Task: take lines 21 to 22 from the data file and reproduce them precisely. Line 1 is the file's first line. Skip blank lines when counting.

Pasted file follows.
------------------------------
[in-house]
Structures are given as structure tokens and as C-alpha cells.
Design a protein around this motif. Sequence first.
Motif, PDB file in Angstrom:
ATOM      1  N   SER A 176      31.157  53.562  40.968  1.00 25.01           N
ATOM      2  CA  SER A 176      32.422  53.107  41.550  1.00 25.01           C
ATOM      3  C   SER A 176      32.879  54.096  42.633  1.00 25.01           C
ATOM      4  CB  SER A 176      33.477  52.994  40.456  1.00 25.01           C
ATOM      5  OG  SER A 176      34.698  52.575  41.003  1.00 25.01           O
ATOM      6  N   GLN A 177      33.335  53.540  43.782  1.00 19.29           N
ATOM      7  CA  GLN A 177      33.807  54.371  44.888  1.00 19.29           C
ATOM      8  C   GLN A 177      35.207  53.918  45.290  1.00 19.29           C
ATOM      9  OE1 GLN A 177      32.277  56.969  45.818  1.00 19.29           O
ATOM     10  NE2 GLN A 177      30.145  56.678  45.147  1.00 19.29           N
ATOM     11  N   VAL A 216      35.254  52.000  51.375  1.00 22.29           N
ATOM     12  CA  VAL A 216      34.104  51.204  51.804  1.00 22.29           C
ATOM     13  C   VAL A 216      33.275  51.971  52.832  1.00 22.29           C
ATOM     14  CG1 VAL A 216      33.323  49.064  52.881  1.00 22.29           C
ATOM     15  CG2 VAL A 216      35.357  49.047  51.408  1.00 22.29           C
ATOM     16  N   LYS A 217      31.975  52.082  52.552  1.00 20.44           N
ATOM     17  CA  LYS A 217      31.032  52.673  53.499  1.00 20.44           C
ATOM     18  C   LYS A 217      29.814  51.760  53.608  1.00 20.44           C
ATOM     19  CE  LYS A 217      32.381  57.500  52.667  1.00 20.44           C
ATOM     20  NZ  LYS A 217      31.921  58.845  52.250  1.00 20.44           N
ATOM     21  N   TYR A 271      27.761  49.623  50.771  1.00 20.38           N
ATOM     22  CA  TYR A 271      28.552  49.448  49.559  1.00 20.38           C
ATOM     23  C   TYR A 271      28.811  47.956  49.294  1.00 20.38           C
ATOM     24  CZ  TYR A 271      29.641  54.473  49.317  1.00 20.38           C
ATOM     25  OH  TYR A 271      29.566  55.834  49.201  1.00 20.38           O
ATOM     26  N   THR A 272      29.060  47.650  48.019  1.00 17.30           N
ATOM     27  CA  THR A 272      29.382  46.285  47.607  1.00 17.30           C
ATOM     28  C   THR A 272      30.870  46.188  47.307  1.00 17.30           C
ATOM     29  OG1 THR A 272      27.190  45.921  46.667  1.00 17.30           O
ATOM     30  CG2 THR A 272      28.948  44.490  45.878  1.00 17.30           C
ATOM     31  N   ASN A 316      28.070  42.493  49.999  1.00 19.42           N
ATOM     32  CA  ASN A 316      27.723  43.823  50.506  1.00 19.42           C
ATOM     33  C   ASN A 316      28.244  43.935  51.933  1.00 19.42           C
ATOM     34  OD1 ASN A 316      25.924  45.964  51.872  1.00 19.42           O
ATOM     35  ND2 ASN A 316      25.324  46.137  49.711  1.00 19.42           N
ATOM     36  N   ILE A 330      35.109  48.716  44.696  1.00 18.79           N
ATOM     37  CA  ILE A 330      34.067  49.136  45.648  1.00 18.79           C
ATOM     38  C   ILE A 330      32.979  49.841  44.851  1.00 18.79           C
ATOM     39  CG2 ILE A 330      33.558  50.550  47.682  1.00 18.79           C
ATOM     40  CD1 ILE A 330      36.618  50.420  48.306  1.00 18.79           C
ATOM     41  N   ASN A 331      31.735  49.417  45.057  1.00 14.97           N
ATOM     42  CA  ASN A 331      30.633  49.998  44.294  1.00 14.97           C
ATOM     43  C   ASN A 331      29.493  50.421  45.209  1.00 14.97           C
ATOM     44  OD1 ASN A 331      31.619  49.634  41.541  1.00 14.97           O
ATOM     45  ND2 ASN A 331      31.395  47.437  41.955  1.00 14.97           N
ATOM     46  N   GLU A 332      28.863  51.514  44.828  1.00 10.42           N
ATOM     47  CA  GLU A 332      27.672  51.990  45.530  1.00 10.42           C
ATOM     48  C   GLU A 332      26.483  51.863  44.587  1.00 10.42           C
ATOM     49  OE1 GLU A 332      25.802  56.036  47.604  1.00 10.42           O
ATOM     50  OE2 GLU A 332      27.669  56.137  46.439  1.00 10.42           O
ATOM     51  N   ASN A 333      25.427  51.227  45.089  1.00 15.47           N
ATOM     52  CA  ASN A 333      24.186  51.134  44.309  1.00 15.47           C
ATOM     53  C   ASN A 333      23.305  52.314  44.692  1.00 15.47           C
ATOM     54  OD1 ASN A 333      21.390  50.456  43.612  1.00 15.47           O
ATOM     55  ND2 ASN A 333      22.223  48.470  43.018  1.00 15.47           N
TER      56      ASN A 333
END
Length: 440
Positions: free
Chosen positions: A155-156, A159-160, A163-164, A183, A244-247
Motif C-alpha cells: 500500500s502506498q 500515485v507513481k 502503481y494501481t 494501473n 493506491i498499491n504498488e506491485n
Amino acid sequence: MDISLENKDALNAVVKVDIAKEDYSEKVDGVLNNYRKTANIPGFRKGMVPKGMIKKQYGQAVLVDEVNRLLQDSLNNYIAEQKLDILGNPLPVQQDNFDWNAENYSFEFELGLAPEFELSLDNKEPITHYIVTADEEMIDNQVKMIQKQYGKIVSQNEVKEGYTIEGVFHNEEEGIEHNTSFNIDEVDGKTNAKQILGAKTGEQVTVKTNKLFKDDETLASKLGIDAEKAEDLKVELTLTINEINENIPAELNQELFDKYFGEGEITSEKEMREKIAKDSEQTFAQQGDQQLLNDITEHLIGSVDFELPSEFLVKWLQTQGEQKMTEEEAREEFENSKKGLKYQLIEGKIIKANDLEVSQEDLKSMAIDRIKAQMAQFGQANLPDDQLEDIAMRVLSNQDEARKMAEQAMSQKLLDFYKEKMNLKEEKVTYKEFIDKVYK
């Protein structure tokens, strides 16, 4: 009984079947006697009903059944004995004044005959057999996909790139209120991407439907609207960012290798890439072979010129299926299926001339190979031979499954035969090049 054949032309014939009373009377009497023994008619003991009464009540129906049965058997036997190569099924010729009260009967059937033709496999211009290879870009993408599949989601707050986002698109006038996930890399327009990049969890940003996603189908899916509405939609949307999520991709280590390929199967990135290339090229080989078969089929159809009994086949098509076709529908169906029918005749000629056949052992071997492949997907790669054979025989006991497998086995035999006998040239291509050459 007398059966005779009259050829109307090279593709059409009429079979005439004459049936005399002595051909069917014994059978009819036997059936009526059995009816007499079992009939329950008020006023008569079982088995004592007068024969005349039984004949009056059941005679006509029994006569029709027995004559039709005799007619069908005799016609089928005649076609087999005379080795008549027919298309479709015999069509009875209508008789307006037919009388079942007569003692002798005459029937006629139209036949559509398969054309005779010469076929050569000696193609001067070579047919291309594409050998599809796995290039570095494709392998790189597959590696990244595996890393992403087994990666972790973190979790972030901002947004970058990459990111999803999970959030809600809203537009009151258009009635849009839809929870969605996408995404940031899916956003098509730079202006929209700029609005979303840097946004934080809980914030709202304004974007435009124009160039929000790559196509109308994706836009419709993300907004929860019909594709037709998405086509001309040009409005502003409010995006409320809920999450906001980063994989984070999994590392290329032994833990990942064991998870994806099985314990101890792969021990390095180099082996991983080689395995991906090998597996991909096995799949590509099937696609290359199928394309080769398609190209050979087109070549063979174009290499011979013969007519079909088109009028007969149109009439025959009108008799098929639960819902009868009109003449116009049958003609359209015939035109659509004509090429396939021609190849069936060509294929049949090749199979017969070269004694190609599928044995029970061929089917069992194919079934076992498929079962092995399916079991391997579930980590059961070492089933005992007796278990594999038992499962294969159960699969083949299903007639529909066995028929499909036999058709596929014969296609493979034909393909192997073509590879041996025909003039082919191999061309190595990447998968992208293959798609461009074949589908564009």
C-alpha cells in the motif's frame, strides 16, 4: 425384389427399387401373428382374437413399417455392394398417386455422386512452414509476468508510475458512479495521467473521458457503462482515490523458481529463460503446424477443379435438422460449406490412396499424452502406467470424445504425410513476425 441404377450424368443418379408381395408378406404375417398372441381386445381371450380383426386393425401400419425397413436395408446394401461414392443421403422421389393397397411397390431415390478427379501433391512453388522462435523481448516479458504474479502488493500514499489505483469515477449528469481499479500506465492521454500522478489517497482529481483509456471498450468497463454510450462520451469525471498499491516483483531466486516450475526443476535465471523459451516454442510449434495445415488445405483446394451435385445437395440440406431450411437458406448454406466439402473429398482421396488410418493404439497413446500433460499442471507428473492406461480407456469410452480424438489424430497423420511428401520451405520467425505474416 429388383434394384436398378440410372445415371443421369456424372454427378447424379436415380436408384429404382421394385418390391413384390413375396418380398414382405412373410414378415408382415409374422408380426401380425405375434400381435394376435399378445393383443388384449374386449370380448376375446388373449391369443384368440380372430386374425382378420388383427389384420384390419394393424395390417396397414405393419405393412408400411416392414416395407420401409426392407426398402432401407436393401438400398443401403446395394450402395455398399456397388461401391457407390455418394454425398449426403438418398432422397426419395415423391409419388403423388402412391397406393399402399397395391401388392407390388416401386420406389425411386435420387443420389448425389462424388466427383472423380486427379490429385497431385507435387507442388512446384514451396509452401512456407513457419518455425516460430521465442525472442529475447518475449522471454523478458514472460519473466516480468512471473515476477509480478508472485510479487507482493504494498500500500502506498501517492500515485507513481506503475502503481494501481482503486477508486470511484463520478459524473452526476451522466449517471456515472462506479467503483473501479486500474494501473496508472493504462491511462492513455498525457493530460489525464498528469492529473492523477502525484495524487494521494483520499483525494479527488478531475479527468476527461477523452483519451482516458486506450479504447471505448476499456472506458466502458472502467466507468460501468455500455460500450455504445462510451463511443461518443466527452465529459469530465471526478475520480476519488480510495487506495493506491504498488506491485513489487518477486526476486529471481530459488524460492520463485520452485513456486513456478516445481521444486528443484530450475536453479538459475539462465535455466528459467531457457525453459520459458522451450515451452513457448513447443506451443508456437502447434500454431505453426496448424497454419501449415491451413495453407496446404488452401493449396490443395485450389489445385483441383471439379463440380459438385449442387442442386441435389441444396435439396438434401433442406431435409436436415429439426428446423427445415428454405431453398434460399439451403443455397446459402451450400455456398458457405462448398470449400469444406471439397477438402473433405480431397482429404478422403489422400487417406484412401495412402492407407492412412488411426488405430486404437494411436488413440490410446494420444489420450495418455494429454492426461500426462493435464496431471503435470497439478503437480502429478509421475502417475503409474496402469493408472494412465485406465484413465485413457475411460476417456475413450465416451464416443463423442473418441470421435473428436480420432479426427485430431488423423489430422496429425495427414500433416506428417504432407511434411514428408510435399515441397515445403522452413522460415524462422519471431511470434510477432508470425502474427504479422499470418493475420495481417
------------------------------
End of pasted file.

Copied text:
ATOM     17  CA  LYS A 217      31.032  52.673  53.499  1.00 20.44           C
ATOM     18  C   LYS A 217      29.814  51.760  53.608  1.00 20.44           C